Note: If a client stays invested in a fund or investment product that they purchased through their adviser before the RDR rules kicked in in 2013, the adviser will continue to receive commissions on this investment. These legacy trailing commissions will only stop if the adviser and client agree to review their investments together and agree on a new form of payment. Advisers are under no obligation to take their clients out of old, commission-paying funds unless they are asked by the client or they perform a portfolio review and agree with the client that this is the best choice. Of course, many advisers will be informing their clients of the RDR changes but individuals should check that they understand the charging structure on all their investments pre- and post-RDR.

Brave New World for Investors and Advisers

Going forward, when a client seeks financial advice, they will make an explicit agreement with their adviser on some type of adviser-only fee (i.e. hourly/flat rate/percentage of assets), they may also agree on separate platform fees, and then they will continue to pay annual management charges on their investment products. Sometimes that annual management charge will be bundled to pay the investment provider and platform (i.e. a 1.0% fee), but most times it will just pay the investment provider (i.e. a fee of 0.75%).

By mid-2013, the FSA’s rules for platform charges should also be clearer and will be put into effect in early 2014.

Ultimately, these RDR rules were designed to introduce more transparency for clients around investment fees, and it also ensures advisers will focus more on their client needs when recommending investment products, instead of considering commission payments. This will help raise the reputation of the advice industry as a whole and help build trust with clients.

Changing Charges?: Investing Directly with a Fund Provider

For those people who invest directly with a fund management company or investment provider, they unfortunately may not find that investment product fees will get any cheaper in 2013. Investment product providers will still be able to charge that typical 1.5% fee, and they will simply pocket the extra money as they have done in the past. Unlike people who invest through a financial adviser, these investors will probably not have access to share classes with smaller fees.

While this industry practice may not seem fair, Pettit says it’s more difficult to sell products and work directly with individuals as opposed to working with financial advisers. Therefore, the provider can partially justify these higher fees by saying that they should be compensated for dealing directly with individual investors.

Changing Charges?: Investing Through an Online Broker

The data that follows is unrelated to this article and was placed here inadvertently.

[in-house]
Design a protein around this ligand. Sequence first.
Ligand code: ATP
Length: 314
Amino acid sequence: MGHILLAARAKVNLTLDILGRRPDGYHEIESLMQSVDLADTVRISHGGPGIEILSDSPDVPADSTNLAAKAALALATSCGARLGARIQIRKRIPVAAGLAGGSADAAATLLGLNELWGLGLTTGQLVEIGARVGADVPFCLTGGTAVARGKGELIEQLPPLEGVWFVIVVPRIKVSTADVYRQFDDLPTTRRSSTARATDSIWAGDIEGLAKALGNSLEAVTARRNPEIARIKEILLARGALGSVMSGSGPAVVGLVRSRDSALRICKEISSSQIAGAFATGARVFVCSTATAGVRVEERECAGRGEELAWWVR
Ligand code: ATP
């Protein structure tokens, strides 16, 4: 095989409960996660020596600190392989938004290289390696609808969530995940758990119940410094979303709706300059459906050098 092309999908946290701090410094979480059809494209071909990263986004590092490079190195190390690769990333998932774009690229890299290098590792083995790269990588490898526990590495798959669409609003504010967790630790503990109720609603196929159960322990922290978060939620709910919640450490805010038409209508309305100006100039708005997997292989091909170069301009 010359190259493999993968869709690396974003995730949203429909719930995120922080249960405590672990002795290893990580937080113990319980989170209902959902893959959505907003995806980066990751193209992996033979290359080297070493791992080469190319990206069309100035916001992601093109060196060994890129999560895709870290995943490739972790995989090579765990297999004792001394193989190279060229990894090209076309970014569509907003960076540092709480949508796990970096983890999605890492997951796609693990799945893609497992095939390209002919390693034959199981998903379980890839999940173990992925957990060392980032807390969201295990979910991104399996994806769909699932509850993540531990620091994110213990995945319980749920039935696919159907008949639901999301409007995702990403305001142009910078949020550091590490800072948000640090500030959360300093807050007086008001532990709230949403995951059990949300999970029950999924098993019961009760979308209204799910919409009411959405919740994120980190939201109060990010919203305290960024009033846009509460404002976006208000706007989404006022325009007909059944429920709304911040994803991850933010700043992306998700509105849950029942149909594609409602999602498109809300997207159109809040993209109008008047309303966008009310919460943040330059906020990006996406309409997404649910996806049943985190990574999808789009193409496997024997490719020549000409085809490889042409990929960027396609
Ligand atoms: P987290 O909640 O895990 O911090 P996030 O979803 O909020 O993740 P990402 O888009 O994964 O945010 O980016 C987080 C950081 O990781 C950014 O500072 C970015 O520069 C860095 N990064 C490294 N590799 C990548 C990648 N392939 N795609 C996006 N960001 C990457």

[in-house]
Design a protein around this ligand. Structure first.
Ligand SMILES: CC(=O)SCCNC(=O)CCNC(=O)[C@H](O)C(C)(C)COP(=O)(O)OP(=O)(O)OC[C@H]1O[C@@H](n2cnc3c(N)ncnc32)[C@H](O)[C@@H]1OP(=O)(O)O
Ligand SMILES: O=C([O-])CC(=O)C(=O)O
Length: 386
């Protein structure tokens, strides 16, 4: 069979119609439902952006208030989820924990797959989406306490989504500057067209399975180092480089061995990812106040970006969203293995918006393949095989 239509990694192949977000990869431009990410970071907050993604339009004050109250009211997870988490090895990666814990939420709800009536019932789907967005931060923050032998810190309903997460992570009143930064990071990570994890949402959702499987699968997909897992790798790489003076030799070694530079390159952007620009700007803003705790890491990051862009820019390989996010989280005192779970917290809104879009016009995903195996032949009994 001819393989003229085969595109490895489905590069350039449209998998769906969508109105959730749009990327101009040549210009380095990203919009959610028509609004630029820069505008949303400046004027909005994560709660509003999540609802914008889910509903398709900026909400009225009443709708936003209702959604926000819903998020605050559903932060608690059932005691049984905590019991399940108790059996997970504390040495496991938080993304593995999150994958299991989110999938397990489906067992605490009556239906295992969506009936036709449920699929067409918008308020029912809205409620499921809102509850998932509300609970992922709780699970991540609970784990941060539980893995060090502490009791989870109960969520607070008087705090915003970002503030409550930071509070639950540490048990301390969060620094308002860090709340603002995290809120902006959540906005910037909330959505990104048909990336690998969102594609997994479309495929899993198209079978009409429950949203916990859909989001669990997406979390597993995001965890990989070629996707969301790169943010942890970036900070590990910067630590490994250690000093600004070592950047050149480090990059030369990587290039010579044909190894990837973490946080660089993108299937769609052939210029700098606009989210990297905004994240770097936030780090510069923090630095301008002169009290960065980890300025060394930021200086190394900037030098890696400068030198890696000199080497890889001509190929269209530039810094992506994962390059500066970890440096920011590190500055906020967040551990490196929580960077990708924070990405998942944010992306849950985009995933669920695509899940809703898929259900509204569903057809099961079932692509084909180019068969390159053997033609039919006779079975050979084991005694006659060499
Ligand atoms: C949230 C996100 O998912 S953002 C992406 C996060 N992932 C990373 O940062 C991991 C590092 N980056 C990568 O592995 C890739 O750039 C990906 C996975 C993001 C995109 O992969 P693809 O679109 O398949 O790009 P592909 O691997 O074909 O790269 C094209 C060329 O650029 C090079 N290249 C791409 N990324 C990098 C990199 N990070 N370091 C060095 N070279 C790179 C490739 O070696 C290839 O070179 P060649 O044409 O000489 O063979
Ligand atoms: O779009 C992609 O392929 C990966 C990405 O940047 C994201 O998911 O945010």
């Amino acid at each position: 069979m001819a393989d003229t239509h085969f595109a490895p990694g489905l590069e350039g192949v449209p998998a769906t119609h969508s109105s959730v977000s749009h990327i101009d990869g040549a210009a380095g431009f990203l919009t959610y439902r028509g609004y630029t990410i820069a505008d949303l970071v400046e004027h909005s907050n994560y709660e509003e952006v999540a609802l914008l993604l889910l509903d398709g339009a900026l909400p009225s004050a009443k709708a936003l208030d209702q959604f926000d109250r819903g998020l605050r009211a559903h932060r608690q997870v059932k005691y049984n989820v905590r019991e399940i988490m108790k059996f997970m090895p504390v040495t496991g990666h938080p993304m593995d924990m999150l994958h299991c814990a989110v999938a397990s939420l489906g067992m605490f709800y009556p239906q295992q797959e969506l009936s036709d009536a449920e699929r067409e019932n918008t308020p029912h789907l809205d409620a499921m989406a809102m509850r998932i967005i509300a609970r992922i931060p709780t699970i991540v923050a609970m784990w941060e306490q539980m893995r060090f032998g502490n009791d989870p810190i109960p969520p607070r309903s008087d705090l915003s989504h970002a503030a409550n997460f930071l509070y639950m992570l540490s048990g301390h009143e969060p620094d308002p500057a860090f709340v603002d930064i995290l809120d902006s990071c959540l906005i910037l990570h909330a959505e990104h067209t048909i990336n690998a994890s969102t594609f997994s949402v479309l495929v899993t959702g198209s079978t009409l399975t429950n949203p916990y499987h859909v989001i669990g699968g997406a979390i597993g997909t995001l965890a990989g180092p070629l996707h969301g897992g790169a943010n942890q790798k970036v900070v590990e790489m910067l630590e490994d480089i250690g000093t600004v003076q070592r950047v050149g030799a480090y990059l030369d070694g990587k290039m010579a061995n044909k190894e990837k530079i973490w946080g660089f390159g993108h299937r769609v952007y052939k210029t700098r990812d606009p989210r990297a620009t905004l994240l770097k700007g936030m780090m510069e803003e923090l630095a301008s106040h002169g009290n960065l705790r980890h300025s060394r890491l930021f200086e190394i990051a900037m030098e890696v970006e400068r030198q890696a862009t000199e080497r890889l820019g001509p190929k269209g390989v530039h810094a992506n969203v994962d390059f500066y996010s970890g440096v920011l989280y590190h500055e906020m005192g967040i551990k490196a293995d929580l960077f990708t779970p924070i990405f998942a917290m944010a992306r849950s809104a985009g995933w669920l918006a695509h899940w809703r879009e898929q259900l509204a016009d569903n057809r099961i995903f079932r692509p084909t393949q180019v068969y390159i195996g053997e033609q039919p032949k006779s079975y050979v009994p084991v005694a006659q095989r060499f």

For those people investing through an online, execution-only broker, overall fees on investment products are also expected to remain the same, at least for the time being. The 1.5% annual management charge will still have to be paid, with the fee being split to pay the investment product provider, the platform and the brokerage house. Brokerage houses in 2013 will still be able to receive commissions, just like advisers did in the pre-RDR days. However, the FSA is in the process of reviewing this area and may issue new rules about commissions and fees in this particular market.

Overall Impact on Investment Costs

The FSA created these news rules and is continuing to review industry practices to ensure there is more transparency and professionalism in the investment industry. The goal was to create transparency for investors, not alter the overall fees that investors paid. Therefore, as an investor, whether you’re investing through an online broker or adviser, you should not notice any extreme fluctuations on overall costs. Simply put, there will just be a shifting of costs to bring them more clearly into focus. 

The information contained within is for educational and informational purposes ONLY. It is not intended nor should it be considered an invitation or inducement to buy or sell a security or securities noted within nor should it be viewed as a communication intended to persuade or incite you to buy or sell security or securities noted within. Any commentary provided is the opinion of the author and should not be considered a personalised recommendation. The information contained within should not be a person's sole basis for making an investment decision. Please contact your financial professional before making an investment decision.

About Author Alanna Petroff

Alanna Petroff  is a financial journalist with Morningstar UK.